PORTLAND, Ore.--(BUSINESS WIRE)--CytoDyn Inc. ("CytoDyn") (OTC QB: CYDY), a biotechnology company focused on the development of new therapies for combating infection with immune deficiency viruses, announced today that it has entered into a clinical trial agreement with Jeffrey Jacobson, M.D., professor and chief of the Division of Infectious Diseases and HIV Medicine at Drexel University College of Medicine, to conduct additional Phase II studies with PRO 140, an experimental humanized monoclonal antibody (mAb) targeting the CCR5 receptor for the treatment of HIV infection.
“). In addition, CytoDyn is exploring the possible application of its existing proprietary monoclonal antibody for the treatment of Feline Immunodeficiency Virus ”
This agreement establishes a formal collaboration between Drexel University College of Medicine and CytoDyn to allow Drexel to proceed with two NIH-funded Phase IIB clinical trials totaling approximately 10 million dollars awarded to Dr. Jacobson for the study of PRO 140. The first study, entitled “Long-Acting HIV Therapy for Injection Drug Users (“NIDA Study”), is a placebo-controlled trial that will explore the combined effect of PRO 140 and the current highly active anti-retroviral therapies (HAART) on circulating virus levels in HIV-infected subjects. The second placebo-controlled study, entitled “Long-Acting, Self-Administered HIV Therapy with the CCR5 Antibody PRO 140 (“NIAID Study”), will measure the effect of different doses and dosing schedules of PRO 140 alone on circulating virus levels in drug-naïve HIV-infected subjects. This second study will also measure the effect of PRO 140 treatment on the levels of CD17 cells, a subset of CD4 cells that are thought to control inflammation.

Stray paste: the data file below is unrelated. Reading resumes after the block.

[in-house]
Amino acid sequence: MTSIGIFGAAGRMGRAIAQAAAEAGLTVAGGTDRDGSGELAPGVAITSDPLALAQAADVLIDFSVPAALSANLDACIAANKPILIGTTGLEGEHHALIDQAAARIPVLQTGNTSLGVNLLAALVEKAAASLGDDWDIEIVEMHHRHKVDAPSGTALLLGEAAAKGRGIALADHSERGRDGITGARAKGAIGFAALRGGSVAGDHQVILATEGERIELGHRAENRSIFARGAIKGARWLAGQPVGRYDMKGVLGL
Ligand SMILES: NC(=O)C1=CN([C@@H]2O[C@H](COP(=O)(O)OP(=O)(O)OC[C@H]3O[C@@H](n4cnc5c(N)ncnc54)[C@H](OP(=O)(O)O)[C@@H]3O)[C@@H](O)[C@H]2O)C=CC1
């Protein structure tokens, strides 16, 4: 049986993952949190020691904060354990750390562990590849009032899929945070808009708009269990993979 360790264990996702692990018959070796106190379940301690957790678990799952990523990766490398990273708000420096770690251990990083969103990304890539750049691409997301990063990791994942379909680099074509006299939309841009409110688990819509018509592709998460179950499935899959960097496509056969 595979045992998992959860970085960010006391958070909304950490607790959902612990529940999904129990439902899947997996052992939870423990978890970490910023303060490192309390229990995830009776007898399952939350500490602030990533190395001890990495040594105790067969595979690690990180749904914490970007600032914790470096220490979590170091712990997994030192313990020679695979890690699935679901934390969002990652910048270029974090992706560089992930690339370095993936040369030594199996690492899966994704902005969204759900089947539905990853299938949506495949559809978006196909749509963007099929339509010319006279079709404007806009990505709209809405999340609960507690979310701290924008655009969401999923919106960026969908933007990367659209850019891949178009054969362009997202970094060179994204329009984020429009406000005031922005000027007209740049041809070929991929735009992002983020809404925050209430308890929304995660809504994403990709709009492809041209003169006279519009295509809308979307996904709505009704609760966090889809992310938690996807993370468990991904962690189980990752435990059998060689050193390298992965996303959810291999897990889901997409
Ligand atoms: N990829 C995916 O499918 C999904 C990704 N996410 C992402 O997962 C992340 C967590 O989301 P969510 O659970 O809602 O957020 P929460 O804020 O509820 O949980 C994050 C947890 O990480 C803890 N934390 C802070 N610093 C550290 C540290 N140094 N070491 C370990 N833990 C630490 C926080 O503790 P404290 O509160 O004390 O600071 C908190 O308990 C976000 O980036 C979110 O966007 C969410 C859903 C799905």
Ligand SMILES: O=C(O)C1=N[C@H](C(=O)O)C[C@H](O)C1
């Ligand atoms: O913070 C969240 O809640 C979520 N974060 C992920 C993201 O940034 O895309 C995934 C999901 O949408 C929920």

Under the terms of this Agreement CytoDyn will provide a total of approximately 5000 doses of PRO 140 to Drexel University College of Medicine. CytoDyn will also provide FDA regulatory support for the clinical trials, which will be conducted under its current investigational new drug (IND) application for PRO 140. In return, CytoDyn will have the right to use the data from these studies to maintain its investigational new drug (IND) application for PRO 140 to support future clinical trial applications to the FDA.